During Saxon times, Edward, a hermit and missionary, lived on the south side of Stow-on-the-Wold, hence, when translated the name means “Holy Place on the Hill”. These days the market town is much less holy as the narrow, winding lanes lined with antique, chocolate and various shops as well as restaurants and tea houses attract tourists hunting for that must-have souvenir, in my case, the perfect little teapot with a no-drip spout.
Having found it,
it was time to fill the hole in our stomachs. After a more than satisfying lunch at the Sheep on Sheep Street, (the pizza, burgers and salad were huge and delicious) it was time to head to Cheltenham.
Before this trip, Facebook® friend John, writer, gardener and Cotswold resident, sent me a list of recommended sights. The kid in me was intrigued by a large mechanical clock. Within a Cheltenham shopping mall we found the “45-foot-tall wishing fish clock”. At the top of the hour a tune played and bubbles streamed from the fish’s mouth. Children squealed with delight and hopped beneath it to grasp at bubbles; catching one lets the lucky one make a wish.
I didn’t catch a bubble but luck was still on my side that day. Having misread the local guide, I thought we missed the chance of seeing the inside of the Swalcliffe Barn. Returning from our outings, we noticed the large doors were open. Curious and wanting shelter from the rain that had begun that afternoon, we entered to discover an exhibit of photos and artifacts telling the history of Swalcliffe as well as a large array of wagons, carriages and a hand-pump fire engine.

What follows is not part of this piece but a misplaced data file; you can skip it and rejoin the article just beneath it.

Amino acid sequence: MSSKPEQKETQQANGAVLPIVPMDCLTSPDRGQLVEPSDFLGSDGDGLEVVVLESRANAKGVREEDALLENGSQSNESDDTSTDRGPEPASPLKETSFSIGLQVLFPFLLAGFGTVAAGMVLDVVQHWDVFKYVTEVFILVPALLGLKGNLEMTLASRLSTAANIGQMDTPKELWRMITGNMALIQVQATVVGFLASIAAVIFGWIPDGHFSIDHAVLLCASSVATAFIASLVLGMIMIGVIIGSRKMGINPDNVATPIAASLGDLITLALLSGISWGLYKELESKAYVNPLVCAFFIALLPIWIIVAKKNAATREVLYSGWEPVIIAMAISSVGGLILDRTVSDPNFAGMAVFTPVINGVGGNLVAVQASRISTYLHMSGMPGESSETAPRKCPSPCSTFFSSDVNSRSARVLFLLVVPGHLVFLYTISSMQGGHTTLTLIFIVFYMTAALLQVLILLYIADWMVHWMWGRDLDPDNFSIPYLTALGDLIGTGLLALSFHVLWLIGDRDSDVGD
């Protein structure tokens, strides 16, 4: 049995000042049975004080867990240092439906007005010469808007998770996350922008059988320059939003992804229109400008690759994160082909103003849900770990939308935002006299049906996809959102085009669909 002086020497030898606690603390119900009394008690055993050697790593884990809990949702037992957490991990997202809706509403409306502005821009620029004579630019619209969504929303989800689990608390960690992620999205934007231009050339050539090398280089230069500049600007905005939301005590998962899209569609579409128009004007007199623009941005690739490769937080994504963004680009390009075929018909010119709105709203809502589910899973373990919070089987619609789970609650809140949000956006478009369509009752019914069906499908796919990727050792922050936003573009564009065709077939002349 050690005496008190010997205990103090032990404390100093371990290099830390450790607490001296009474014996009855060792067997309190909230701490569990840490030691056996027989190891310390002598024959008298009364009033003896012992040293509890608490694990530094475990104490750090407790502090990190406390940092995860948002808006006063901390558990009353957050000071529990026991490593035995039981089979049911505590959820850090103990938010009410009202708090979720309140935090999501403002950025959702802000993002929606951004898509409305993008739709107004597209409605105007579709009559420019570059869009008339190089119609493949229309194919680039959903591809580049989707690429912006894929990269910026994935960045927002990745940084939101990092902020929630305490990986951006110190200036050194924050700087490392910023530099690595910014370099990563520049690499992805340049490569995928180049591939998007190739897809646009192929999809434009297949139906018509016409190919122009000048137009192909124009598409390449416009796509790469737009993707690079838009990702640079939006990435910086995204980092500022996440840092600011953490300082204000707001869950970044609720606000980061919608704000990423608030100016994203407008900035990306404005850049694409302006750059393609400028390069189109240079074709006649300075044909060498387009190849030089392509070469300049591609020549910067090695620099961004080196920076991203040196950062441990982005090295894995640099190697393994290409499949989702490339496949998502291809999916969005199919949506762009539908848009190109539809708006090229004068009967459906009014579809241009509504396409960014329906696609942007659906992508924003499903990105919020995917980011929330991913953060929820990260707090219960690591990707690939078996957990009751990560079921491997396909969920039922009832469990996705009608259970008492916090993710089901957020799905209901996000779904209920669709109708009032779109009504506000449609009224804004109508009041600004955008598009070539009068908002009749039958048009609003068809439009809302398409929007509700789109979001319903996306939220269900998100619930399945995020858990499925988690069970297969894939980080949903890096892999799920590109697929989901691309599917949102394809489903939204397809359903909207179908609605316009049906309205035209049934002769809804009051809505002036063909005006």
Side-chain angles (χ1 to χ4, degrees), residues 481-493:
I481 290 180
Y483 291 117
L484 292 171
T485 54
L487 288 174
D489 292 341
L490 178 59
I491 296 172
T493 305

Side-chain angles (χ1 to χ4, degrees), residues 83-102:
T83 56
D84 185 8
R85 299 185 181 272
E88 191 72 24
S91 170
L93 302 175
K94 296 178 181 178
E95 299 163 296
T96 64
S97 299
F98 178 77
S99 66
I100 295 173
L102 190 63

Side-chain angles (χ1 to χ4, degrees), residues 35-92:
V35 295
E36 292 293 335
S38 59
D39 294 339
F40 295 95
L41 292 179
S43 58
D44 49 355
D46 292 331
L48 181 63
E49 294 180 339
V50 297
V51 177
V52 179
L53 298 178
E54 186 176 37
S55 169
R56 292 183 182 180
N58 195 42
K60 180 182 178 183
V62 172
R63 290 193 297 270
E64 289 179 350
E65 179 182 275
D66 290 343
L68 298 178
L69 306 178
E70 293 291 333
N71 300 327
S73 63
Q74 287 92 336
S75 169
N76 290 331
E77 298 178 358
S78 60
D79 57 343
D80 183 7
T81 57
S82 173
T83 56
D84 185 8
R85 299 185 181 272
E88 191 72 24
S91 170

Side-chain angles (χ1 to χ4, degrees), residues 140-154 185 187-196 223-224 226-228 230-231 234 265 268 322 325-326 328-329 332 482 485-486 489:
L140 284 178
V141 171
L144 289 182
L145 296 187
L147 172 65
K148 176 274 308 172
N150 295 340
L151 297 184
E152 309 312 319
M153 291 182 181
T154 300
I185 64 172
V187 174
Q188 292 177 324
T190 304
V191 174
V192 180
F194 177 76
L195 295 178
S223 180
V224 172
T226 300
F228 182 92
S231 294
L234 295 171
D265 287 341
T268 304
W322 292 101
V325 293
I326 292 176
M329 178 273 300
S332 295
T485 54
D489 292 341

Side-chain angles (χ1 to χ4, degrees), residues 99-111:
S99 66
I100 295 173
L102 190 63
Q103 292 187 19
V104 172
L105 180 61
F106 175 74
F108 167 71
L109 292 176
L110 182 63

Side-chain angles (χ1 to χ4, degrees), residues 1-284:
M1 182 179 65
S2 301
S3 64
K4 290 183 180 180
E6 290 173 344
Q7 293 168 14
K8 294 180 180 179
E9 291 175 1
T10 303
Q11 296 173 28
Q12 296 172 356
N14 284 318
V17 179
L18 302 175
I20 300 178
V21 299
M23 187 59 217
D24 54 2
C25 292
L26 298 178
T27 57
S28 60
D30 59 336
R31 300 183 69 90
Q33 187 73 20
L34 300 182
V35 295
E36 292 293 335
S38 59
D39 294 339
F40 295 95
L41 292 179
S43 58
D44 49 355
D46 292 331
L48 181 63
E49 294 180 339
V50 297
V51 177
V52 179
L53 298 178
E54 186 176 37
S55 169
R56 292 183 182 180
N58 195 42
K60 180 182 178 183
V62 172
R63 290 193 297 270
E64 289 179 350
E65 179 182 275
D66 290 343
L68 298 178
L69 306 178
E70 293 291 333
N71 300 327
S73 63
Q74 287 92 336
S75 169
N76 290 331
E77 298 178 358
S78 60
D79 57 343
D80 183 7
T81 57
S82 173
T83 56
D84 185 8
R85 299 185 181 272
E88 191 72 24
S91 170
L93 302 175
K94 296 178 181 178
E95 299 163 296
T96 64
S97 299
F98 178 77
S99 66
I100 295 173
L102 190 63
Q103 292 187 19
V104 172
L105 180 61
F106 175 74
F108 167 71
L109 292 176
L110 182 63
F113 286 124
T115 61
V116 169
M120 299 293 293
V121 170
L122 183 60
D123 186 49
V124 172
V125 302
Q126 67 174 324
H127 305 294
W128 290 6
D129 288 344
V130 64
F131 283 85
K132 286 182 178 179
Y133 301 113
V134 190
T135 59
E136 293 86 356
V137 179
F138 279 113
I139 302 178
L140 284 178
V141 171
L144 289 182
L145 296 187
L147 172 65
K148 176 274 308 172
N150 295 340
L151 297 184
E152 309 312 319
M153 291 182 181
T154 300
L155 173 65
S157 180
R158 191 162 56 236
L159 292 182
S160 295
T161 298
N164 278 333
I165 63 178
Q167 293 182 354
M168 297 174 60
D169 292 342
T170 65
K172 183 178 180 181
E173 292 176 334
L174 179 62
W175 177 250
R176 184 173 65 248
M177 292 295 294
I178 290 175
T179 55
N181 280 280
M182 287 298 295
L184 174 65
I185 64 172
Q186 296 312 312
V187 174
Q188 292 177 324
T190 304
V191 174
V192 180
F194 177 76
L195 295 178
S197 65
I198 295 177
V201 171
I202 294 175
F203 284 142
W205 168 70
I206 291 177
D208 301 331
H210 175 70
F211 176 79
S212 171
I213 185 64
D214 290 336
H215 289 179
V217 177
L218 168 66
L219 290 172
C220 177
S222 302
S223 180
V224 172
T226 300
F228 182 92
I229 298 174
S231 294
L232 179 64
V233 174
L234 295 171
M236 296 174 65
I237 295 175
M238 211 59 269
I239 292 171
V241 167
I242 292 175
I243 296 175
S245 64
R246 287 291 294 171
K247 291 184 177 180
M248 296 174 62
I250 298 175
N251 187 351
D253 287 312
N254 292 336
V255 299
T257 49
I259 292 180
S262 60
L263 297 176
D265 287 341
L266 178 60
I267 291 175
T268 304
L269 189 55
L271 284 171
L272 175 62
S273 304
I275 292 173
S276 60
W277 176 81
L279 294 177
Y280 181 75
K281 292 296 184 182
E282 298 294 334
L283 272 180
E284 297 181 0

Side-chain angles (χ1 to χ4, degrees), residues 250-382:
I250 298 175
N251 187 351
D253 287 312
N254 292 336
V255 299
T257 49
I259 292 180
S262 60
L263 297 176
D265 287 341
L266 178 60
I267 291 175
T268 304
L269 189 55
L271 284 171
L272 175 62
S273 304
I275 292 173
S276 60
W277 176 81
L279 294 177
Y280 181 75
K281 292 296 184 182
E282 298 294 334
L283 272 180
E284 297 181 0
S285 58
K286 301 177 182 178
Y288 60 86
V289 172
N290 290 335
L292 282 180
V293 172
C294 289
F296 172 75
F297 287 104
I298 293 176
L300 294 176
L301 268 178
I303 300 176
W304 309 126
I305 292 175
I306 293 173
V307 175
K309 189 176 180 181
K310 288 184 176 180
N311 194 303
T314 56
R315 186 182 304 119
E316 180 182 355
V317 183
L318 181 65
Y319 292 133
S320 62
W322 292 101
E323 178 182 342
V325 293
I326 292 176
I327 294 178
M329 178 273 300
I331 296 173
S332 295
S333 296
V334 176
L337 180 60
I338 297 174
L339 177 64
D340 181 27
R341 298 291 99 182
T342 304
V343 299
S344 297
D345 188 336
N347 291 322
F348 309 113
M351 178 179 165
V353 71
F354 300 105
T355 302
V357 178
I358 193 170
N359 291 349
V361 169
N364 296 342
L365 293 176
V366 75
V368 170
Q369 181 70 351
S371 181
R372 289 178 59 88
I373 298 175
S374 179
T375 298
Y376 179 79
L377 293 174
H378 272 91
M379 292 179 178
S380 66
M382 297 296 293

The history bug began when, as a teen, I spent many late hours undercover reading about Mary, Queen of Scots and the Tudors, particularly corpulent Hal the wife-shedder, better known as King Henry VIII. With Sudeley Castle near Winchcombe less than an hour away, I suggested we tour the home and gardens where four queens – Katherine Parr, Elizabeth I, Anne Boleyn and Lady Jane Grey – once walked the gardens. Sudeley is the only private castle holding the remains of an English Queen, Katherine Parr –the last of Henry’s wives. It’s said her ghost still wanders there.
While we didn’t encounter Katherine’s ghost in the house, we did find her tomb in the church of St. Mary’s, next to the castle.
A distinctive harsh cry greeted me as we stepped out of the church. Following the sound, we caught just a glimpse of a brilliant, teal-blue peacock. I would have liked to see him fan his tail but sadly, as we weren’t courtship material, he wasn’t about to put on a display.
The Cotswolds is one of England’s most visited Area of Outstanding Natural Beauty. Each year, thousands of tourists explore its countryside, villages and towns, and historic houses and gardens. Despite such numbers, touring the Cotswold is like uncovering your own secret garden, one filled with natural, unexpected and awe-inspiring treasures around every corner. If you’ve travelled there or plan to explore it, I’m sure you’ll agree with me when I say, it is simply…